New transatlantic flight service from Cork to US starts Saturday

Norwegian Air to use smaller aircraft in maiden service from Cork to Rhode Island


A bit of history will be made in Cork on Saturday when the first scheduled transatlantic service from the city takes off for the United States.

According to aviation enthusiast, Cork City Cllr Tom O’Driscoll, the new transatlantic service, which follows a long political battle to get the US Dept of Transport to provide Norwegian Air with a foreign carrier permit, has huge potential and will help 56 year old Cork Airport develop significantly.

“We had a charter service to Orlando for a year in 1996 but this is the first scheduled transatlantic flight so it’s a major milestone in the airport’s history - the stakeholders have had a dream of transatlantic travel from Cork going way back and it’s great that it’s come to fruition.

“Some people said it would never happen but thankfully it is happening now. I remember putting a motion before Cork City Council in 1992 calling for the Shannon Stopover to be amended to allow flights from Cork but in fairness, there have been a lot of people working on it since then.”

According to Cllr O’Driscoll, Norwegian Air’s decision to use smaller Boeing aircraft with 150-200 seats rather than larger planes with 300- 400 seats gives the Cork service a much greater chance of proving viable and he expects the business to grow as new routes develop.

“A low cost carrier on a transatlantic route is a new concept. Unfortunately Aer Lingus never showed any interest in operating a route out of Cork so we had to look to an outside carrier but now that Norwegian have come on board, they deserve the full support of everyone in Cork.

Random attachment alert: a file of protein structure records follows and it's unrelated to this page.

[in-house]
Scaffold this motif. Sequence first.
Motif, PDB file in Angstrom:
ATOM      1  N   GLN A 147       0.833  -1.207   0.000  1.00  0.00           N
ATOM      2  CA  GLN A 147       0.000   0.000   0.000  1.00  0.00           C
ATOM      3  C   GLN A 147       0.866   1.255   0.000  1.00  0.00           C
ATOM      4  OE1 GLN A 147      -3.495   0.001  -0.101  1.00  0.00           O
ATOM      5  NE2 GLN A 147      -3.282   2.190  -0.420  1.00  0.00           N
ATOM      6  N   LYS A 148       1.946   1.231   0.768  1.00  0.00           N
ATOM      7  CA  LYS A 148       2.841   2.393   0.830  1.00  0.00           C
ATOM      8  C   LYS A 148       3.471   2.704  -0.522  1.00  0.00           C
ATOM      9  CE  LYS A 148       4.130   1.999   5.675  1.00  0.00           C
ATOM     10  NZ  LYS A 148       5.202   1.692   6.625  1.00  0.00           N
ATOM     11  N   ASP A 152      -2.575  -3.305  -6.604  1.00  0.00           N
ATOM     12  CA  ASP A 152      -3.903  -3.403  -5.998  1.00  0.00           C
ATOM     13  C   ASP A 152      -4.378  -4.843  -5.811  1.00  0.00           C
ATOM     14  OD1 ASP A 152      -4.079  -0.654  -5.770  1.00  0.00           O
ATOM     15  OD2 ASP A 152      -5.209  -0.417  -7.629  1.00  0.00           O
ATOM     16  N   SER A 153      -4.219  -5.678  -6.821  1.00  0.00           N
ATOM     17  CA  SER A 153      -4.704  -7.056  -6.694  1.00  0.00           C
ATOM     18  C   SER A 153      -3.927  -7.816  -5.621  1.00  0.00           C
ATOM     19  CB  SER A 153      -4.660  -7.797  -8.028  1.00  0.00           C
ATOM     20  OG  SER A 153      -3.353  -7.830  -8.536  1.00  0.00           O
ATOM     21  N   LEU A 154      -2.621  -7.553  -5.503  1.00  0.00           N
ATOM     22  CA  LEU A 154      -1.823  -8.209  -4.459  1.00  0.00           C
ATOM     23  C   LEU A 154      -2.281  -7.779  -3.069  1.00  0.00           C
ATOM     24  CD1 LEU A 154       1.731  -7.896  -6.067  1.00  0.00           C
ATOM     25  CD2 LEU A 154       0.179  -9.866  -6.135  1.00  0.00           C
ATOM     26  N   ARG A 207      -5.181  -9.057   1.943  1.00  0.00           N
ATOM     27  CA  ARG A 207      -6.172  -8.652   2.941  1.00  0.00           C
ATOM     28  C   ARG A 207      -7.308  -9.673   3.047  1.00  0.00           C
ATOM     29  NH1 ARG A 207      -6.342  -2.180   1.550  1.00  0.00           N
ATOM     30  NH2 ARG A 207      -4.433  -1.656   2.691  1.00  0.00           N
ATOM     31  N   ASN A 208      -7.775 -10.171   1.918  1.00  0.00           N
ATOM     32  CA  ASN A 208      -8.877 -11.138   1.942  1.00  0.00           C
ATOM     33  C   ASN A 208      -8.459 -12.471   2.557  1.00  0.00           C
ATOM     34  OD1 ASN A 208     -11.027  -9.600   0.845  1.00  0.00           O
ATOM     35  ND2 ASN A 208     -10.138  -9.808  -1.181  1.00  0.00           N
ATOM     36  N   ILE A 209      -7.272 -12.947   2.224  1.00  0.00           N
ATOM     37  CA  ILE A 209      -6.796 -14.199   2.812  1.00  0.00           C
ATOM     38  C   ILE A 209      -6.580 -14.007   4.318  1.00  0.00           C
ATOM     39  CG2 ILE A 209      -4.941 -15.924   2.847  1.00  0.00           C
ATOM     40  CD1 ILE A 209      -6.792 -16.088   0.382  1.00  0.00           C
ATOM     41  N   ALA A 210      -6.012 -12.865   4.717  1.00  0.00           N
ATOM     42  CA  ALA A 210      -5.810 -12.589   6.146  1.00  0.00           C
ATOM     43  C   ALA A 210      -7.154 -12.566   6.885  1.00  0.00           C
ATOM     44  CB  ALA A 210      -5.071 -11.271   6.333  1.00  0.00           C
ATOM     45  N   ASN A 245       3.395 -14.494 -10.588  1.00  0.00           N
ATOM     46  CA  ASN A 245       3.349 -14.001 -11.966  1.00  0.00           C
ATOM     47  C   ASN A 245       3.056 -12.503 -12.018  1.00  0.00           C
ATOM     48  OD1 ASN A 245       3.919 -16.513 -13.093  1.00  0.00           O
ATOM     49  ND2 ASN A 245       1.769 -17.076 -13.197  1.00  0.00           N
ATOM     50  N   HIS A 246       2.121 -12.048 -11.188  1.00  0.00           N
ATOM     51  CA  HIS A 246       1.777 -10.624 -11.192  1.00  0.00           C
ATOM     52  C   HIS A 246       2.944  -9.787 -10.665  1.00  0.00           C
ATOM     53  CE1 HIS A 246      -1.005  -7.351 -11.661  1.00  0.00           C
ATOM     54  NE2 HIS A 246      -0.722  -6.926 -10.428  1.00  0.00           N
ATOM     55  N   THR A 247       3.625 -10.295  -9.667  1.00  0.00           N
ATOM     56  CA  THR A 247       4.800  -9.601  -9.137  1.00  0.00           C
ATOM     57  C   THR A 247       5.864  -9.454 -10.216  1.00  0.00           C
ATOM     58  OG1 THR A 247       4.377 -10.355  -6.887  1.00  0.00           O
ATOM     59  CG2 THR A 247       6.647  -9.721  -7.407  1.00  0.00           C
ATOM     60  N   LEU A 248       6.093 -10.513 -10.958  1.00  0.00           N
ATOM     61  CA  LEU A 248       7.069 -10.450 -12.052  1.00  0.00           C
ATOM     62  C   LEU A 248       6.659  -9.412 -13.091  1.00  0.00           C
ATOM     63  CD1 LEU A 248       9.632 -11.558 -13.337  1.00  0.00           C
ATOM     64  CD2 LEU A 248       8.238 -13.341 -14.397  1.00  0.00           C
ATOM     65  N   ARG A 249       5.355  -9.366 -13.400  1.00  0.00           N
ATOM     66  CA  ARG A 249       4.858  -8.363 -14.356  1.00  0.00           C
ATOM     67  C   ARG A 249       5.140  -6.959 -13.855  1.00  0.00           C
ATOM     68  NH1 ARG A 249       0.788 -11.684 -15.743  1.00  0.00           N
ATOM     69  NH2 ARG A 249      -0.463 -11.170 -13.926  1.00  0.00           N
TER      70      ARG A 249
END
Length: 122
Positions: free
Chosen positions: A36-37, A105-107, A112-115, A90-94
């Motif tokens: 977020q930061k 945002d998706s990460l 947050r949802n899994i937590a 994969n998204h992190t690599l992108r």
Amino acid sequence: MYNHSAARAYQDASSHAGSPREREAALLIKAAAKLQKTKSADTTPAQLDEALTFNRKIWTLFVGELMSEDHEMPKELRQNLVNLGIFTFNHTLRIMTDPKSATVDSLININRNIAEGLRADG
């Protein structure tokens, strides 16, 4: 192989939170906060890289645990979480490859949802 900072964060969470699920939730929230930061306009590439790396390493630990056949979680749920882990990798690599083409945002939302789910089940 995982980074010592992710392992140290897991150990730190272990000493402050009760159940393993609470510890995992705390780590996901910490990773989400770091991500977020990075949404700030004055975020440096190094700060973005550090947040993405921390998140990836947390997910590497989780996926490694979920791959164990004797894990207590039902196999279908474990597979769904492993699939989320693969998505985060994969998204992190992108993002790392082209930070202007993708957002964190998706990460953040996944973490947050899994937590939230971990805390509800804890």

“We are the second city and the numbers are there for people from Cork travelling to the US via London or Dublin or Amsterdam so if the new service can get these people to switch their allegiance to Cork then the new service, which is three times a week, will work,” he said.

Cllr O’Driscoll said the initial services will operate to Providence Airport on Rhode Island but he was confident that Norwegian Air would sort out some technical issues and soon be offering flights from Cork to New York and Boston which would be a huge boost to Cork and surrounding counties.

Norwegian CEO Bjorn Kjos said the company was delighted to finally launch the new services but it would not have been possible without huge support across Ireland over the past three years and the new services would offer lower fares to allow as many Irish people as possible to fly to the US.

“We also look forward to welcoming thousands of American travellers into Ireland over the coming weeks, ensuring our new routes also offer a huge boost to Irish tourism, business and hospitality,” said Mr Kjos.

Cork Airport managing director Niall MacCarthy said the Norwegian service marked a new chapter in the history of the airport which would bring jobs, revenue and tourism growth directly to business in the south of Ireland.

The new Norwegian Air service from Cork to Providence at 4.20pm on Saturday will be preceded by a new service from Dublin to Stewart International Airport at 2.30pm on Saturday and will be followed by the inaugural Norwegian Air flight to Shannon on Sunday also to Stewart International.